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Amid Protests, Tunisia Parliament Reshuffles Cabinet


Tunisian police block protesters from accessing the parliament building, in Tunis, Jan. 26, 2021.

Hundreds of anti-government protesters faced off against riot police outside the Tunisian parliament Tuesday as lawmakers inside confirmed a cabinet reshuffle amid growing unrest.

Mired in a political and economic crisis worsened by the COVID-19 pandemic, the North African country has been rocked by a wave of anger at a political class seen as obsessed with power struggles and disconnected from the suffering of ordinary people.

Tunisian Prime Minister Hichem Michichi attends the presentation of his new ministers before the Tunisian Assembly headquarters in the capital Tunis, Jan. 26, 2021.
Tunisian Prime Minister Hichem Michichi attends the presentation of his new ministers before the Tunisian Assembly headquarters in the capital Tunis, Jan. 26, 2021.

Prime Minister Hichem Mechichi told the assembly that by naming 11 new ministers to the interior, justice, health and other key portfolios, he aimed to create a "more effective" reform team.

He faced opposition from President Kais Saied, however, who said he was not consulted. Saied charged that one of the proposed ministers was involved in a corruption case and that three others were suspected of conflicts of interest.

Mechichi said the new cabinet would listen to the demands of the protesters.

Security forces have carried out mass arrests during more than a week of nighttime riots and daytime protests against police repression, poverty, inequality and corruption.

Tunisia has often been praised as a rare success story for its democratic transition after the Arab Spring regional uprisings sparked by its 2011 revolution.

Protesters march from the Ettadhamen city suburb on the northwestern outskirts of Tunisia's capital Tunis in a bid to reach an anti-government demonstration outside the Tunisian Assembly headquarters, Jan. 26, 2021.
Protesters march from the Ettadhamen city suburb on the northwestern outskirts of Tunisia's capital Tunis in a bid to reach an anti-government demonstration outside the Tunisian Assembly headquarters, Jan. 26, 2021.

But many Tunisians are angered by a political class seen as disconnected from the suffering of the poor, amid high unemployment and spiraling prices.

"Poverty is growing, hunger is growing," read one sign carried by the protesters, while another demanded "Dignity and freedom for working-class neighborhoods."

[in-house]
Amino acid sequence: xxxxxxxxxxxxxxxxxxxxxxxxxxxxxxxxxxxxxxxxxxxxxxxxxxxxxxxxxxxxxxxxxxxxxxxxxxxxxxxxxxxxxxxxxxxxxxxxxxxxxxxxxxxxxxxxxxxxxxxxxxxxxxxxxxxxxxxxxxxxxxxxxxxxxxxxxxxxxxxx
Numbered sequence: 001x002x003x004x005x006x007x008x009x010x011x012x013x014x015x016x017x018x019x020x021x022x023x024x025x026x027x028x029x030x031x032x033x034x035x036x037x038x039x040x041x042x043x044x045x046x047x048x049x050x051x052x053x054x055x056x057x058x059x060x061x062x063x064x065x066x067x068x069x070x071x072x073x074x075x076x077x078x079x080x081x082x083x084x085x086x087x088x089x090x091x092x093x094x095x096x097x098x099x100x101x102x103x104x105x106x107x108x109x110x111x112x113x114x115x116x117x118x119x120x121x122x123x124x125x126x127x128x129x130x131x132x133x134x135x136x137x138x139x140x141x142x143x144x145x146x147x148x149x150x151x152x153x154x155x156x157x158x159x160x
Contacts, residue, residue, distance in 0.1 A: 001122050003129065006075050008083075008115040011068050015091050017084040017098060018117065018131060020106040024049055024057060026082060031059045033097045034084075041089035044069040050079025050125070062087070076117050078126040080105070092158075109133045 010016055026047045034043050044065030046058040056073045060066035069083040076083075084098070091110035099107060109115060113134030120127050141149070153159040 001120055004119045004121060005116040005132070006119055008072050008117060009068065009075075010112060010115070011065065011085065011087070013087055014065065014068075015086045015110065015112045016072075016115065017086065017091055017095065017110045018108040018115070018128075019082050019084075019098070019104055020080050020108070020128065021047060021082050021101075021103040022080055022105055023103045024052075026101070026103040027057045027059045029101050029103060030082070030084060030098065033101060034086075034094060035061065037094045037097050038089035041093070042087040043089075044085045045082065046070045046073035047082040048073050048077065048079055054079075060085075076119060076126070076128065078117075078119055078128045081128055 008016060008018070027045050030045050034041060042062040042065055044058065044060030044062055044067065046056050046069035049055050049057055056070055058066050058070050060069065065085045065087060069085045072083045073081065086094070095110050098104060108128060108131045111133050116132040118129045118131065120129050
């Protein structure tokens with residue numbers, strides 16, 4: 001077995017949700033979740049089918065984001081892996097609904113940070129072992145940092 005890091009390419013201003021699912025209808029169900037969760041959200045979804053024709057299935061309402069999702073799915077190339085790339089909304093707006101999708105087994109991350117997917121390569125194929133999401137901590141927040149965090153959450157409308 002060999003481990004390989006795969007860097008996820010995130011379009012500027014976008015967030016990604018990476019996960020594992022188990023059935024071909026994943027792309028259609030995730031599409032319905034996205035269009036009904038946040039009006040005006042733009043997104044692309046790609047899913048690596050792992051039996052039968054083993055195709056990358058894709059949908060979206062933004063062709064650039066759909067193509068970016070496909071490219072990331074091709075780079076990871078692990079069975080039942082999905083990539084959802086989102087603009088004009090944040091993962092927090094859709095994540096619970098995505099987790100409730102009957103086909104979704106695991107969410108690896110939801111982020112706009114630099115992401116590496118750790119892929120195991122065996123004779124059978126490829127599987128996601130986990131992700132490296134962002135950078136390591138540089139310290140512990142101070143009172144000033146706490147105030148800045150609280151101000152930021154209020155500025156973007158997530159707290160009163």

'Threat of the baton'

The session came a day after protesters clashed with police in the town of Sbeitla, in Tunisia's marginalized center, after a young man hit by a tear gas canister last week died in the hospital.

Some chanted slogans against the government and Ennahdha, the biggest party in parliament.

But police forces stopped demonstrators from gathering at the usual square in front of the parliament.

"The politicians are producing the same strategies that until now have only led to failure," said Yosra Frawes, head of the Tunisian Association of Democratic Women. "They must change their governance model or step down."

Some lawmakers criticized the heavy security deployment around the assembly and called for further dialogue.

Security forces confront protesters from the Ettadhamen city suburb on the northwestern outskirts of Tunisia's capital Tunis, Jan. 26, 2021.
Security forces confront protesters from the Ettadhamen city suburb on the northwestern outskirts of Tunisia's capital Tunis, Jan. 26, 2021.

One complained of a vote held "under police siege" and said: "All that's missing is to vote under the threat of the baton."

Some members of the opposition held up pictures of the young man who was killed.

An AFP correspondent said there were clashes between police and demonstrators on Tuesday on the sidelines of his funeral.

Protests have been held in defiance of a coronavirus-related ban on gatherings and a nighttime curfew recently extended until February 14.

The virus has killed more than 6,000 people in Tunisia and wreaked havoc on an already struggling economy.

Fragile alliances

Tunisia's politics have also been turbulent and seen a deepening rift between the prime minister and head of state.

President Saied — an independent academic who has criticized parliamentary democracy — has been seeking to reposition himself at the center of an unstable political scene.

The task of forming a government has become more difficult since elections in October 2019 resulted in a parliament split among myriad parties and fragile alliances.

Islamist-inspired Ennahdha came top in the polls but fell far short of a majority and eventually agreed to join a coalition government.

Mechichi's outgoing cabinet was sworn in in September after the previous executive, the second since the polls, resigned in July.

Mechichi had initially put together a team including civil servants and academics, some close to the president.

But he gradually moved away from Saied, and made changes with the support of Ennahdha, which is allied with the liberal Qalb Tounes party and Islamist group Karama.

Saied has threatened to block the swearing-in of some new ministers, a move that could aggravate animosities that have paralyzed political action.

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